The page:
ATTLEBORO, Mass. (WPRI) — The Bishop Feehan High School varsity hockey star who suffered a spinal cord injury during a game earlier this year is returning to the team, but not as a player.

Bishop Feehan said Thursday that AJ Quetta will be joining the team as an assistant coach.

The North Providence native was seriously injured after missing a shoulder check and crashing head-first into the boards during a game back in January.

Quetta’s injury left him paralyzed from the chest down. He spent nearly three months in an Atlanta rehab hospital recovering and missed the remainder of his last season.

“I never got to say goodbye to the game, like a lot of seniors do,” Quetta said. “I guess I’m never going to have to say goodbye.”

As assistant coach, Quetta’s responsibilities will include working with the players, assisting with breaking down practice and game film for the team, brand building and program communication, according to Bishop Feehan.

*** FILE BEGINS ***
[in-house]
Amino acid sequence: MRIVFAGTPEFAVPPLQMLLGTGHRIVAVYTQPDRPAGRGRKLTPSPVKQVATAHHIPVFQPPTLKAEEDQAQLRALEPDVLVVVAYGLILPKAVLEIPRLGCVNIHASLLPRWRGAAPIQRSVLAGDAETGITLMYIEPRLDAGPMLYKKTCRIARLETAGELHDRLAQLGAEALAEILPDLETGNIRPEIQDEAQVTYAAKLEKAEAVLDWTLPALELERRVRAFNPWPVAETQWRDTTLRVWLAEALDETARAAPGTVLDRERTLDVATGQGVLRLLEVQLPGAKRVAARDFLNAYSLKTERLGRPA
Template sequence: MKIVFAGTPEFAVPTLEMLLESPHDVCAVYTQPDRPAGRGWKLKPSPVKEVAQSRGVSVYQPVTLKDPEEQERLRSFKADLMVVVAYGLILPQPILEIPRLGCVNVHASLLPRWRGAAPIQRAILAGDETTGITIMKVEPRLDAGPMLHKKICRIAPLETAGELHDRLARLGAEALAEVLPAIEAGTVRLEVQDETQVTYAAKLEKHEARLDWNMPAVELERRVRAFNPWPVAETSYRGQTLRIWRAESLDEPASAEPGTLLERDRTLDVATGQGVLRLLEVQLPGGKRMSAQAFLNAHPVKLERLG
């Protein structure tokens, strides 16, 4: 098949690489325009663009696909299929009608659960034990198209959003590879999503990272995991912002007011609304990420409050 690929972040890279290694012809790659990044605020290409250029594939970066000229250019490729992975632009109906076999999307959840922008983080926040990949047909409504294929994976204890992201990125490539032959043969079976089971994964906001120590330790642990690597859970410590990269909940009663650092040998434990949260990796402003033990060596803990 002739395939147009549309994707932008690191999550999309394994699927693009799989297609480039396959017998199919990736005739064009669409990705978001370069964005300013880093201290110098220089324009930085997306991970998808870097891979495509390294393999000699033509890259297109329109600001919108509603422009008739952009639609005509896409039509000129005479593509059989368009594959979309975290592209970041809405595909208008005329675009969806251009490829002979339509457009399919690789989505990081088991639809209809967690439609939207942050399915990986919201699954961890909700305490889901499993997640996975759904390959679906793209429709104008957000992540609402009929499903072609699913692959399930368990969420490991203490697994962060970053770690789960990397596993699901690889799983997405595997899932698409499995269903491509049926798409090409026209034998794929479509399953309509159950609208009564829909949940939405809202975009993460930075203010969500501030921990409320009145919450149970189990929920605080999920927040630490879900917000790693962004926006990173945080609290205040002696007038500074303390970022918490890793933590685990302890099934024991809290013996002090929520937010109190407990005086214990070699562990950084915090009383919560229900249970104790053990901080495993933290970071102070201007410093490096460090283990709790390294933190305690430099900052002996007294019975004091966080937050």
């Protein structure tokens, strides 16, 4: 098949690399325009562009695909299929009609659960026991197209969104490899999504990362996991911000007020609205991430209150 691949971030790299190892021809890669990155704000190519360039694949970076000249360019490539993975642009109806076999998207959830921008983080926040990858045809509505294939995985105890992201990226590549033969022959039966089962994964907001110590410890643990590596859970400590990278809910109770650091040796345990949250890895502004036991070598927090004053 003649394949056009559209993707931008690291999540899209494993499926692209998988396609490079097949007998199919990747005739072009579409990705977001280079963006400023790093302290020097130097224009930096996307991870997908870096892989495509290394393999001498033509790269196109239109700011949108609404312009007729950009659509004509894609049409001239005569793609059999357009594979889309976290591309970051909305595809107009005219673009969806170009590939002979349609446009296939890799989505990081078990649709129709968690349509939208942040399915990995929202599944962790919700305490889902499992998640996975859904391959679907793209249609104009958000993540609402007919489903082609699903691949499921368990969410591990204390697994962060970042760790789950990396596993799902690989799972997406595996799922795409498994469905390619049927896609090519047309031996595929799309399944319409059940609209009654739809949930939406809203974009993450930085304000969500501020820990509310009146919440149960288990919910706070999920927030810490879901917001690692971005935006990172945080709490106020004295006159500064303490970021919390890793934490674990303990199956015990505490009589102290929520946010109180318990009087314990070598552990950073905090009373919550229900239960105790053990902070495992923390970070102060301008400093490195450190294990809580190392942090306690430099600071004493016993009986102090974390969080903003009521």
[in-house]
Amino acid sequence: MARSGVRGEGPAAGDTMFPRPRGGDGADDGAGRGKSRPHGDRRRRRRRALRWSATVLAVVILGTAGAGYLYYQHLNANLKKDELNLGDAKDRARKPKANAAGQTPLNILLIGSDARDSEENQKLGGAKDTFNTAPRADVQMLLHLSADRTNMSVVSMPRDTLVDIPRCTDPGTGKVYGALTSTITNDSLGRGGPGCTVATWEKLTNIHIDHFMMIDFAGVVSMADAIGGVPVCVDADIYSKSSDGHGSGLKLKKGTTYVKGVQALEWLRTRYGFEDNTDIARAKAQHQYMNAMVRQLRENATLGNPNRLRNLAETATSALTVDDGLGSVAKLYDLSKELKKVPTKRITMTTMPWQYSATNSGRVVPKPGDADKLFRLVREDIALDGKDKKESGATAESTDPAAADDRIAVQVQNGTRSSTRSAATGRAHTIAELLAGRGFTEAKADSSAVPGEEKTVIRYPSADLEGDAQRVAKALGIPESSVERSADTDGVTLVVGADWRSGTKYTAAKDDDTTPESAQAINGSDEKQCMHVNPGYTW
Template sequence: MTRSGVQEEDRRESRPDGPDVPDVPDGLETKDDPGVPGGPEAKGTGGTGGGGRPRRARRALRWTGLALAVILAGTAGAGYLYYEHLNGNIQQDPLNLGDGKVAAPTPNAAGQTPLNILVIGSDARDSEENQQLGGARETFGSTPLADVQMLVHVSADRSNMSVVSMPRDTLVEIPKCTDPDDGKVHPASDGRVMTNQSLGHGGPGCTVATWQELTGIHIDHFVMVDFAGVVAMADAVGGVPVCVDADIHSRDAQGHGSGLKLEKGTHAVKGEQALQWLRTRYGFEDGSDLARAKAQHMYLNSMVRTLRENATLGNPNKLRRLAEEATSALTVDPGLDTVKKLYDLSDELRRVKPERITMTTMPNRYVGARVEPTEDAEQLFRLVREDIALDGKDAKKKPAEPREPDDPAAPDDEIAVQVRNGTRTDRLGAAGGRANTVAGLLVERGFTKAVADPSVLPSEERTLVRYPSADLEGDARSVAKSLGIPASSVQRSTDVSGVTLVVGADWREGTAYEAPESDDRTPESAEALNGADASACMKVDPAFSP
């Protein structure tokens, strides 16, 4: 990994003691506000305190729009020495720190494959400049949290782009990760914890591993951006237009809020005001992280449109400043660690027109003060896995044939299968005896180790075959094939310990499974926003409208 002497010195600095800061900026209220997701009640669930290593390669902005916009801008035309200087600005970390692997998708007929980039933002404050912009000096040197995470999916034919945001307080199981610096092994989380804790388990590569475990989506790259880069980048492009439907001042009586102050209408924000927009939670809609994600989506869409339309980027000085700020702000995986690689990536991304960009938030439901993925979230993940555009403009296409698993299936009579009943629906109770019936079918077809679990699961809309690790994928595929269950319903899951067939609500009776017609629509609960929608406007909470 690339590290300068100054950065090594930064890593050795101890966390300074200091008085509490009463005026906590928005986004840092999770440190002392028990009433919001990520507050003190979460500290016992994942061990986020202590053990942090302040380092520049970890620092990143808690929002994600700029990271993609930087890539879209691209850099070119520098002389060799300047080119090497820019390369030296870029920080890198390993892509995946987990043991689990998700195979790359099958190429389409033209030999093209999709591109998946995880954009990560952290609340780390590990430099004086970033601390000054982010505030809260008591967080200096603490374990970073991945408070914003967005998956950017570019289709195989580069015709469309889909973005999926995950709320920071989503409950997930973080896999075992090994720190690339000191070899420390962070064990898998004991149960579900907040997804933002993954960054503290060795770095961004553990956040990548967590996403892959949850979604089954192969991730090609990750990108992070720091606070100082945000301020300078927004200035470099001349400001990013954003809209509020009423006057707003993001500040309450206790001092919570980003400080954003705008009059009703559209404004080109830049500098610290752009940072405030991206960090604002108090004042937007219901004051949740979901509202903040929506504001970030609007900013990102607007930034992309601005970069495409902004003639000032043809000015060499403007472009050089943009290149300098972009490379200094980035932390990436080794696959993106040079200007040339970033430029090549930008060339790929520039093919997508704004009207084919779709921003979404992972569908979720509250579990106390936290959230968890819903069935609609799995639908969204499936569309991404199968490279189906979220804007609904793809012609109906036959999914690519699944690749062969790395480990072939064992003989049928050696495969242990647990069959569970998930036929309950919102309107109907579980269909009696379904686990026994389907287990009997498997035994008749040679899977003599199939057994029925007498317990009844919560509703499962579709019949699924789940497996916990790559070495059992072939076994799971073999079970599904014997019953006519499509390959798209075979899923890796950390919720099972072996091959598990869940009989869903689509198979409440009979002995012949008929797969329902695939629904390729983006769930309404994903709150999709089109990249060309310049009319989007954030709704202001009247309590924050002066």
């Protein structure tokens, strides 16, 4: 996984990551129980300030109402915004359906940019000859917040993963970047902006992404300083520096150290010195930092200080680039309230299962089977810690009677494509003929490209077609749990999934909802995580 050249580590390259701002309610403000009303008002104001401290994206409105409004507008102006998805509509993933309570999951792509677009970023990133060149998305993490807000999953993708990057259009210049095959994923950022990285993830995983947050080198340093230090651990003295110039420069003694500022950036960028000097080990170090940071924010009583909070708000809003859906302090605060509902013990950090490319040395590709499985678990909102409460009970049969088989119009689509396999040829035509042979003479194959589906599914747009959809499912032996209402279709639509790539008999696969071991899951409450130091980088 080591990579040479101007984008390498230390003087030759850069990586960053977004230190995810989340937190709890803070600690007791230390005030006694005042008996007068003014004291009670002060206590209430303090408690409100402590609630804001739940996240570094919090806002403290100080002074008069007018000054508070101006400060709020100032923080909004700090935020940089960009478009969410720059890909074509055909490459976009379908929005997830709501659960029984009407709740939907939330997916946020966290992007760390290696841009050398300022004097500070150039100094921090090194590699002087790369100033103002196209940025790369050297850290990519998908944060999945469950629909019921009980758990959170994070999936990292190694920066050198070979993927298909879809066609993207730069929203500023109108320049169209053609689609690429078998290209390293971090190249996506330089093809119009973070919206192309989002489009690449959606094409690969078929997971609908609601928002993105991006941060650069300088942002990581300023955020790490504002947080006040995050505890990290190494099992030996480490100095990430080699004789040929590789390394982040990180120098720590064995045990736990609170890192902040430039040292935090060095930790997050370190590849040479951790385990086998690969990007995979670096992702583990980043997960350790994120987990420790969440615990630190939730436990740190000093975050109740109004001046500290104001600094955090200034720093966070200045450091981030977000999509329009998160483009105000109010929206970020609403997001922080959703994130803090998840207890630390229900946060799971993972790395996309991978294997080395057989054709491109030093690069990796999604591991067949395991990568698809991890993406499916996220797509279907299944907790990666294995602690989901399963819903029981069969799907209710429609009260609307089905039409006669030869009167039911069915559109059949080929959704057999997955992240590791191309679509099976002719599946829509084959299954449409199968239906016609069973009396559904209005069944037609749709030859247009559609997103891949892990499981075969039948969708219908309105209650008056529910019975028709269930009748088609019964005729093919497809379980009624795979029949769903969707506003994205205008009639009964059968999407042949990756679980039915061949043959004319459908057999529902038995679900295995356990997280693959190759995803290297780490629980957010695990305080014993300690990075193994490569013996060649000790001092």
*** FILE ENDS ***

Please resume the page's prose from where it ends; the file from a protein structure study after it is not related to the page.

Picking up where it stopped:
“I still wish I was out there shooting the pucks and everything like that,” he said. “I’ll have to get used to watching more than playing, [but] I’m excited.”

Bishop Feehan head coach David Franzosa believes Quetta is the perfect man for the job.

“Integrity, working hard, giving back to the community,” Franzosa said. “When I asked him if he was willing to be a coach, I said ‘think about it.’ He took one second and he said ‘I’m all in coach.'”

Franzosa said Quetta will also be working specifically with the forwards, which is the position he used to play.

“Anything that AJ can bring, obviously, is going to be inspirational for the team,” Franzosa said. “Anything the kids are going through, AJ will be able to relate to.”

The community has continued to rally behind Quetta throughout his recovery, from donating thousands of dollars to offset his medical expenses to kick starting a movement dubbed “AJ’s Army.”

Meanwhile, Quetta has repeatedly said his main goal is to walk again.

“A lot of people go to the gym, they work out for six hours for their 6-packs,” Quetta said. “I go there and it’s a totally different ball game. You don’t see those types of improvements, but getting more mobility and flexibility … is what I’m looking for and I have been seeing it.”